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tl;dr: I just want to create some curve guides along those middle points of vertex groups but with a script.

I am new to Python in Blender and I can't seem to find how to do this.

So far, I managed to get X, Y and Z coordinates of each vertex, stored in arrays in a variable named like each vertex group. My goal would be to find the middle point, something like a bounding box for each vertex group.

I did find topics about matrix for bpy.types.MeshVertex but what I have is lists of vertices which do not seem to work with those examples.

Edit2:**Thanks for two different answers on how to do it, have a sub-question, if there is a way to create effectors like path, that **start from those points *(Have their starting point there), and I guess prefferably to get them to go outward away from these vertex group locations.

ob=bpy.context.object

GL = {g.index: g.name for g in ob.vertex_groups}
verts = {name: [] for name in GL.values()}
vertsloc = {name: [] for name in GL.values()}
verts2 = {name: [] for name in GL.values()}

for v in ob.data.vertices:
 for g in v.groups:
  verts2[GL[g.group]].append(v)
  verts[GL[g.group]].append(v.index)
  vertsloc[GL[g.group]].append(v.co)
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  • $\begingroup$ Hello and welcome. It is probably easier to help you for anyone who knows if you post the code for what you already have. $\endgroup$ – Duarte Farrajota Ramos May 3 at 17:01
  • $\begingroup$ Do you want to find a bounding box of every vertex group with the box center? Or the center point(location) you tried to find should consider the weight so it can be calculate by weighted average position? $\endgroup$ – Hikariztw May 4 at 12:34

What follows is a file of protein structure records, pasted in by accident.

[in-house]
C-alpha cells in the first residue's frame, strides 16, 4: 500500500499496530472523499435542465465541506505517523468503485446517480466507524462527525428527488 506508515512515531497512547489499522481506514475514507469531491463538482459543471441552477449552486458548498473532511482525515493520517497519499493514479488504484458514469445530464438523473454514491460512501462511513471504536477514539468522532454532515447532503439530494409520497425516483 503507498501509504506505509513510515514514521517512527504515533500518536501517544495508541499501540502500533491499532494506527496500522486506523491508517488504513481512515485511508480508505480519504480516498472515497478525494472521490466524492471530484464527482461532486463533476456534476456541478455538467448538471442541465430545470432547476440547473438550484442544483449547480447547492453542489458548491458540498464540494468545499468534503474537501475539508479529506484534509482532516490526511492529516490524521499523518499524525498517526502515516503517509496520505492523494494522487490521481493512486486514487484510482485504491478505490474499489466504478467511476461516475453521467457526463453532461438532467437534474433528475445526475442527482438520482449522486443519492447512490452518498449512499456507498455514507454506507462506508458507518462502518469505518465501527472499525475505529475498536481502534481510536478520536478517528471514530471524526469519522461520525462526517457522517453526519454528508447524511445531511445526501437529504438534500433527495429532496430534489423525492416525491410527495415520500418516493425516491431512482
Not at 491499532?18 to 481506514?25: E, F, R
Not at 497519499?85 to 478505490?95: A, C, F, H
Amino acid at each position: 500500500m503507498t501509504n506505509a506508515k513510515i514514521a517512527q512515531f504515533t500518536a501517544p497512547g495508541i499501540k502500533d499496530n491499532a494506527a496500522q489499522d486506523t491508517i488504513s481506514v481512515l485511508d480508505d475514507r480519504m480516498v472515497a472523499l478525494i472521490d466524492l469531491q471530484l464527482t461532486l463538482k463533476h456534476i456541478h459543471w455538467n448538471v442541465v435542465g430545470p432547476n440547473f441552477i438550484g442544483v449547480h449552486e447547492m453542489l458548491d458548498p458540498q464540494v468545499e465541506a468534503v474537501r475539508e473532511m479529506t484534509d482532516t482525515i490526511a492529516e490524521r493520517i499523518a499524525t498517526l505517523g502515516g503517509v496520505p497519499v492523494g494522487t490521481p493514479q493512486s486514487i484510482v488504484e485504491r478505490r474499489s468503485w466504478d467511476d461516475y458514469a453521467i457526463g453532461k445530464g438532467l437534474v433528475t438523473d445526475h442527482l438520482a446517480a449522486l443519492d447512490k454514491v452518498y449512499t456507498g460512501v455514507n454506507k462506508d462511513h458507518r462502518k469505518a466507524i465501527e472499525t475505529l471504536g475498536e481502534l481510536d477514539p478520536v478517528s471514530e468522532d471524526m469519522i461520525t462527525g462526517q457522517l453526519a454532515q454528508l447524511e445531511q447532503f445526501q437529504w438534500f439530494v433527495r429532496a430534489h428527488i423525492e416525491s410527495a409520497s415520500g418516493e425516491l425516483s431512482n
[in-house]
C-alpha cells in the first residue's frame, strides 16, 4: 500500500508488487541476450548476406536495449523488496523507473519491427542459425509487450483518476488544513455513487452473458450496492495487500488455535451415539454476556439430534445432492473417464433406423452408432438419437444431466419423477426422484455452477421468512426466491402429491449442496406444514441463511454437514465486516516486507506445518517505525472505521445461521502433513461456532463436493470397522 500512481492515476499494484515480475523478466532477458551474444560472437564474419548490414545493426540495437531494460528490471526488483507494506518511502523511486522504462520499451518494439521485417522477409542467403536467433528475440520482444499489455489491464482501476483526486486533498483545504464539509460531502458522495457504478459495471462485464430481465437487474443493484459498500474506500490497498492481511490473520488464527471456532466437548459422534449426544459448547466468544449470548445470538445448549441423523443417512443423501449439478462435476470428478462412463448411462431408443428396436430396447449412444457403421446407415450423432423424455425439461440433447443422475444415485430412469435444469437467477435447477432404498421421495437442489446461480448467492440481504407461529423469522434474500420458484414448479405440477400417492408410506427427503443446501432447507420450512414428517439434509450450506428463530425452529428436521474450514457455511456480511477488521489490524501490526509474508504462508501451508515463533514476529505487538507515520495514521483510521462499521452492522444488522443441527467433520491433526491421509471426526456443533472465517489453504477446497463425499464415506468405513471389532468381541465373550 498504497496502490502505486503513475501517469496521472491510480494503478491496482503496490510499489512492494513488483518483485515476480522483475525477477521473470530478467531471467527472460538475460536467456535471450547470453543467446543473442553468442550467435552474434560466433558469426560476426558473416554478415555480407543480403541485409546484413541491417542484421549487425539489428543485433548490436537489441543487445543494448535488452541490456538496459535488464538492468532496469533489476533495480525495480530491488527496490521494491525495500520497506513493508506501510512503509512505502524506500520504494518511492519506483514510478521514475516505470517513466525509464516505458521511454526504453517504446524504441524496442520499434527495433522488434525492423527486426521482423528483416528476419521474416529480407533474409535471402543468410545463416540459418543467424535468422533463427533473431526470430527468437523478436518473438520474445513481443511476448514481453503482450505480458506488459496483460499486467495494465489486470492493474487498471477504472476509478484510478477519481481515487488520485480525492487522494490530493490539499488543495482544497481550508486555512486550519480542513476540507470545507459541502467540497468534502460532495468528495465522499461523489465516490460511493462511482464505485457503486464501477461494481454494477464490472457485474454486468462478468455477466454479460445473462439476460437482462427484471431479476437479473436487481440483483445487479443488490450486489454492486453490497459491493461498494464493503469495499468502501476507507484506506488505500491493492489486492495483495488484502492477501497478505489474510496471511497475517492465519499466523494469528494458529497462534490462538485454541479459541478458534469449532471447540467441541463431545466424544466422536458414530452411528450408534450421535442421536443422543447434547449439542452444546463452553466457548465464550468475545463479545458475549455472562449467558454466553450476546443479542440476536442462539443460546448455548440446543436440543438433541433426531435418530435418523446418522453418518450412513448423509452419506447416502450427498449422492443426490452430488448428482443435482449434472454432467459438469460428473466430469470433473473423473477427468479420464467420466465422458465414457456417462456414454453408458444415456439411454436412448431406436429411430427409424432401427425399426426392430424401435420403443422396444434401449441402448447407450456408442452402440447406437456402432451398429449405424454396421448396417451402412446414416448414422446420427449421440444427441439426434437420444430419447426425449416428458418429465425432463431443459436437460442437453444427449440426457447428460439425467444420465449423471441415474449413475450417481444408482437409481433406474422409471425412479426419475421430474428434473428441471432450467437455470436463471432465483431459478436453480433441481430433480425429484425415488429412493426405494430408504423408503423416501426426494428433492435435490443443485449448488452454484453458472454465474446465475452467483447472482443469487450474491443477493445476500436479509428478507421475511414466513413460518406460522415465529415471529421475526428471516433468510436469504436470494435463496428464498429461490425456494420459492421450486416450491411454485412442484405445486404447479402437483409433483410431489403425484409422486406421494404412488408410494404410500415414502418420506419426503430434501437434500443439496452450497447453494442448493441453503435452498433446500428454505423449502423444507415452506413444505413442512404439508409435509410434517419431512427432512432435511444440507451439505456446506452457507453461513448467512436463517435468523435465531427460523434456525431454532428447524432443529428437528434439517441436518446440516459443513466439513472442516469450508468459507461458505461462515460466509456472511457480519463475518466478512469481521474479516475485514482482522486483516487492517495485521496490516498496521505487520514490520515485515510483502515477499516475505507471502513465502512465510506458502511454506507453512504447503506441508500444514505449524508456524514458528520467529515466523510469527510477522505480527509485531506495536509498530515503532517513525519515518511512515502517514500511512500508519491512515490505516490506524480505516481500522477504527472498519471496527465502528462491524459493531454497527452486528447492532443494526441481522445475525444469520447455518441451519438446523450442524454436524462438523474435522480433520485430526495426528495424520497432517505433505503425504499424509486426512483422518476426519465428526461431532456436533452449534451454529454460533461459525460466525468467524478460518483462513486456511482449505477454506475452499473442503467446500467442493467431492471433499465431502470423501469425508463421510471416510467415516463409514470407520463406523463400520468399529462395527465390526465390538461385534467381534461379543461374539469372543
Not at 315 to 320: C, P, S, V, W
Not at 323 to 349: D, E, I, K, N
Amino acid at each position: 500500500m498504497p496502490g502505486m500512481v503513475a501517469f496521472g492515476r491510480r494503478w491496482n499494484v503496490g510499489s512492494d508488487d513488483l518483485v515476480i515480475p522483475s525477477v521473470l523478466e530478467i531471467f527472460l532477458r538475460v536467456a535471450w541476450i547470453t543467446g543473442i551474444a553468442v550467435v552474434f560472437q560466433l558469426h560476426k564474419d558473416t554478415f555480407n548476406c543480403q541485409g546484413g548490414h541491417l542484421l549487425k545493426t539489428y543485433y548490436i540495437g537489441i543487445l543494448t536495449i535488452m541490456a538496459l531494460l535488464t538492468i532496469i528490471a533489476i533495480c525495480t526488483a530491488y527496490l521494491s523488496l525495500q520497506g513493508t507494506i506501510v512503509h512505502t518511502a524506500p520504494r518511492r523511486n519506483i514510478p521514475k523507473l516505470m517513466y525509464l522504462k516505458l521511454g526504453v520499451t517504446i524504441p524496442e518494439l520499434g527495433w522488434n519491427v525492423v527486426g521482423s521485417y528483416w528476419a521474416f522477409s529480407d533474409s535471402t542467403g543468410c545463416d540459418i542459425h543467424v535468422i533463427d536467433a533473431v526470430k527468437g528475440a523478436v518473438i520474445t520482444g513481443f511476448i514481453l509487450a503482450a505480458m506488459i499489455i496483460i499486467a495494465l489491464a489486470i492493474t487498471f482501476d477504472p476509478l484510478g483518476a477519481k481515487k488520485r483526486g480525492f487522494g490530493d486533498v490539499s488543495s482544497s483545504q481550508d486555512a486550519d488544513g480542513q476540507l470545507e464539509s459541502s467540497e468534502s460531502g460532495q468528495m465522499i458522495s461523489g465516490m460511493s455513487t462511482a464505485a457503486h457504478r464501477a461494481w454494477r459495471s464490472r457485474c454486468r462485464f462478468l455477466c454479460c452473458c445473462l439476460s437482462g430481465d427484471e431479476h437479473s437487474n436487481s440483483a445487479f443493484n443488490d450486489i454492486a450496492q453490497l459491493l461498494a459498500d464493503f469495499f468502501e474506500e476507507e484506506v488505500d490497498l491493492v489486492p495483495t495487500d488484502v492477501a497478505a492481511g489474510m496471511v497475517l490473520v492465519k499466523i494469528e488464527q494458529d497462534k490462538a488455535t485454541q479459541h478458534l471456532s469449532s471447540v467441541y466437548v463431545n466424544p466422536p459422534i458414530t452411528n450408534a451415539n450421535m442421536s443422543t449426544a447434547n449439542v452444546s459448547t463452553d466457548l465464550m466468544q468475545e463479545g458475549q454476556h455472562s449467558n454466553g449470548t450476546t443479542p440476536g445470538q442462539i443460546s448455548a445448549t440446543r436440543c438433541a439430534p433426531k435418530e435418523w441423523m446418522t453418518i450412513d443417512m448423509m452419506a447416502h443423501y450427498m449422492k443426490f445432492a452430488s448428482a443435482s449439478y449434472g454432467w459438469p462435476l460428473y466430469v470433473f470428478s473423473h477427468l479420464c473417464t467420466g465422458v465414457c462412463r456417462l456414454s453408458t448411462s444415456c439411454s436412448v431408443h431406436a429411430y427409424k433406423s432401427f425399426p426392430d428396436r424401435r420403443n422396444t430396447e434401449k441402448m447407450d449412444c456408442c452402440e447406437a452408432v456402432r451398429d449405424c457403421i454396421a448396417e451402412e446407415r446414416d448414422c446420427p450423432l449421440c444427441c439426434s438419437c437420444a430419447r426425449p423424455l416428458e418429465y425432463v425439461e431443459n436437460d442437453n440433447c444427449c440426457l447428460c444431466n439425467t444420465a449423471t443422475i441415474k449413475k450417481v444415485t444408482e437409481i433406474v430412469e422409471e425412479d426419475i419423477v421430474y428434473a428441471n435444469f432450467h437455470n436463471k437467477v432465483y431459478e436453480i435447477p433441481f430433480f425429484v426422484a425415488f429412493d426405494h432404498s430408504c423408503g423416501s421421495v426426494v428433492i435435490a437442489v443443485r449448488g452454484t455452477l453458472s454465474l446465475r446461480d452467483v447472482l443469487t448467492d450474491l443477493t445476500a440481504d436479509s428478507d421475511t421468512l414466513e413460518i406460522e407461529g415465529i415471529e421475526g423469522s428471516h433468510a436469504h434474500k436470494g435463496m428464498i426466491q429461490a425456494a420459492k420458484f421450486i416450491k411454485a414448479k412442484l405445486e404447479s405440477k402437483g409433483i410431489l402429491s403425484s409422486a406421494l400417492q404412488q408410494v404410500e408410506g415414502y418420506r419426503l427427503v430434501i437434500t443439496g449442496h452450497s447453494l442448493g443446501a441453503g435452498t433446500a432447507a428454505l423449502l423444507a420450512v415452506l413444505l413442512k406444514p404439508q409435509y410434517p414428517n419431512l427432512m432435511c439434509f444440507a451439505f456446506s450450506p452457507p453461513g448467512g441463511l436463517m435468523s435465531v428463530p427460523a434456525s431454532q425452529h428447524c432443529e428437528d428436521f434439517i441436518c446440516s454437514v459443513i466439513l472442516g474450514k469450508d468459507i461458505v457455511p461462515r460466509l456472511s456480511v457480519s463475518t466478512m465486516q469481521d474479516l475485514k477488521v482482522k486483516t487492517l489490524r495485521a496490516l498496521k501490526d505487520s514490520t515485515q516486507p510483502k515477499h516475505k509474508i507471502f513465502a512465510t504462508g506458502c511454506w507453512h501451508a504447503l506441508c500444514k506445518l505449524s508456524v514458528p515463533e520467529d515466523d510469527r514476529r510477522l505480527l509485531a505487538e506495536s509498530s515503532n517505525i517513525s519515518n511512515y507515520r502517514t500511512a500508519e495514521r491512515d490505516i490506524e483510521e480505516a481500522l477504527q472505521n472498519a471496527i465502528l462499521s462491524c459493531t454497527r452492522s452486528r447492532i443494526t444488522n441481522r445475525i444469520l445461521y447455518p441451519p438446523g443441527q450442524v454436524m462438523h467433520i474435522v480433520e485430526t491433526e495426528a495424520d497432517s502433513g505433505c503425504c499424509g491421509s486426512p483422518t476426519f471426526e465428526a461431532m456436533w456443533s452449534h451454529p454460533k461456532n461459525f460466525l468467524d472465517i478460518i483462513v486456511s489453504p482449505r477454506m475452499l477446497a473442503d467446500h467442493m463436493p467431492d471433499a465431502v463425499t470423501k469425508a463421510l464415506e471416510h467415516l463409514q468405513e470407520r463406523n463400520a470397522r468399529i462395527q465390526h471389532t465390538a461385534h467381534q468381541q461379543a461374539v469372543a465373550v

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Copy Location Constraint.

Can leverage the existing behaviour of the copy location constraint, targeted to a mesh, subtargeted to a vertex group.

Test script, run in object mode with mesh object selected. Will add an empty for each vertex group at the location of each vertex group.

import bpy

context = bpy.context

ob = context.object
me = ob.data

for name in ob.vertex_groups.keys():
    bpy.ops.object.empty_add(location=(0, 0, 0))
    mt = context.object
    mt.name = f"{ob.name}_{name}"
    cl = mt.constraints.new('COPY_LOCATION')
    cl.target = ob
    cl.subtarget = name

The bonus here is the empties will dynamically follow the vertex group as it deforms via modifiers. It involves no dicking around with vertices.

To go to any next step that requires the empties to be at the constrained locations throw in a scene update to ensure matrices etc are up to date.

context.scene.update()

To set the locations statically for the frame the script is run on set the empties matrix world and remove the constraint

for mt in empties:
    mt.matrix_world = mt.matrix_world.copy()
    mt.constraints.clear()

or simply get the locations from the empties before removing them

for mt in empties:
    mt.matrix_world.translation # global location of emtpy
    # remove the mt
    bpy.data.objects.remove(mt)